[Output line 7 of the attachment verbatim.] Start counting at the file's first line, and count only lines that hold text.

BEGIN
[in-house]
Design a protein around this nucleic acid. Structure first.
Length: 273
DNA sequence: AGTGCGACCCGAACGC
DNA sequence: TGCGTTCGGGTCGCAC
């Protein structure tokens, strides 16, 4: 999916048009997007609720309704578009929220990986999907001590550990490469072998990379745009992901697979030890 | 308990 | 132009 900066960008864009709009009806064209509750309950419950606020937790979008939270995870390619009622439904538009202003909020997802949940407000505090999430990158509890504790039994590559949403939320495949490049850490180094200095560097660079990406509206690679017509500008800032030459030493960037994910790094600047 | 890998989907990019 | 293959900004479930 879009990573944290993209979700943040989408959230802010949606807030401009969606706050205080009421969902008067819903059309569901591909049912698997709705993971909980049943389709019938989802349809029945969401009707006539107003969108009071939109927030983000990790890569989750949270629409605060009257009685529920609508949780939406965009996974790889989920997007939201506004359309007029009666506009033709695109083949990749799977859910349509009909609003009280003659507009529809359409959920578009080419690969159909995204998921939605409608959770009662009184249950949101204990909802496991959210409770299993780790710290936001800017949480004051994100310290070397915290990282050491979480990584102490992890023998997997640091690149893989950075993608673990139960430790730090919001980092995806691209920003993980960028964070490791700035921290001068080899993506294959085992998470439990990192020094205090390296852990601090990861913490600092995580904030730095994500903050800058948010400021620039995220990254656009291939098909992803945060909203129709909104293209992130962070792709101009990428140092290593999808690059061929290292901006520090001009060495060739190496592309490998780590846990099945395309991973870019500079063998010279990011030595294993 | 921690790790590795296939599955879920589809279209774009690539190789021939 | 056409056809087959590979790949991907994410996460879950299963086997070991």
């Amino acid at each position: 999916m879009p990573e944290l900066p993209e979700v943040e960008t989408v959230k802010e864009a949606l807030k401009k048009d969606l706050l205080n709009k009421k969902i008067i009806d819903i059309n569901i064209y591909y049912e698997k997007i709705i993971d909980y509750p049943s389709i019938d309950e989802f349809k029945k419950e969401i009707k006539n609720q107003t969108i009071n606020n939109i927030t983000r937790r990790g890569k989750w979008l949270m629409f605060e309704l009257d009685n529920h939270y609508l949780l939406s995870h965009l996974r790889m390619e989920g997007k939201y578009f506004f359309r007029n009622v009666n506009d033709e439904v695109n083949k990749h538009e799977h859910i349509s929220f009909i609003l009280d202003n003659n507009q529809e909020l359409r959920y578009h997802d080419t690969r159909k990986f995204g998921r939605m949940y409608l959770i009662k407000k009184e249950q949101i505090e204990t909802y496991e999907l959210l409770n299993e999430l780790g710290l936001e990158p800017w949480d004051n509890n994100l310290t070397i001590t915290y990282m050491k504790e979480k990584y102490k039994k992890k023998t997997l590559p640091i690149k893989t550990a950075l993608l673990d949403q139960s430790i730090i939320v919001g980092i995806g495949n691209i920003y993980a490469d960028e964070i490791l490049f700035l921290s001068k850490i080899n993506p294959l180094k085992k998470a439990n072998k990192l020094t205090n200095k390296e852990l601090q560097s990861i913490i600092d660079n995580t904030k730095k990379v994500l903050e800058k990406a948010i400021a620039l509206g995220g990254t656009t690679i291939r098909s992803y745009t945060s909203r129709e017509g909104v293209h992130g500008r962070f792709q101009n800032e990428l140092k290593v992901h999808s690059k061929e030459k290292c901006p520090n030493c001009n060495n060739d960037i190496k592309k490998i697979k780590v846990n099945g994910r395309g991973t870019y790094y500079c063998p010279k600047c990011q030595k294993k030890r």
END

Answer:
């Amino acid at each position: 999916m879009p990573e944290l900066p993209e979700v943040e960008t989408v959230k802010e864009a949606l807030k401009k048009d969606l706050l205080n709009k009421k969902i008067i009806d819903i059309n569901i064209y591909y049912e698997k997007i709705i993971d909980y509750p049943s389709i019938d309950e989802f349809k029945k419950e969401i009707k006539n609720q107003t969108i009071n606020n939109i927030t983000r937790r990790g890569k989750w979008l949270m629409f605060e309704l009257d009685n529920h939270y609508l949780l939406s995870h965009l996974r790889m390619e989920g997007k939201y578009f506004f359309r007029n009622v009666n506009d033709e439904v695109n083949k990749h538009e799977h859910i349509s929220f009909i609003l009280d202003n003659n507009q529809e909020l359409r959920y578009h997802d080419t690969r159909k990986f995204g998921r939605m949940y409608l959770i009662k407000k009184e249950q949101i505090e204990t909802y496991e999907l959210l409770n299993e999430l780790g710290l936001e990158p800017w949480d004051n509890n994100l310290t070397i001590t915290y990282m050491k504790e979480k990584y102490k039994k992890k023998t997997l590559p640091i690149k893989t550990a950075l993608l673990d949403q139960s430790i730090i939320v919001g980092i995806g495949n691209i920003y993980a490469d960028e964070i490791l490049f700035l921290s001068k850490i080899n993506p294959l180094k085992k998470a439990n072998k990192l020094t205090n200095k390296e852990l601090q560097s990861i913490i600092d660079n995580t904030k730095k990379v994500l903050e800058k990406a948010i400021a620039l509206g995220g990254t656009t690679i291939r098909s992803y745009t945060s909203r129709e017509g909104v293209h992130g500008r962070f792709q101009n800032e990428l140092k290593v992901h999808s690059k061929e030459k290292c901006p520090n030493c001009n060495n060739d960037i190496k592309k490998i697979k780590v846990n099945g994910r395309g991973t870019y790094y500079c063998p010279k600047c990011q030595k294993k030890r």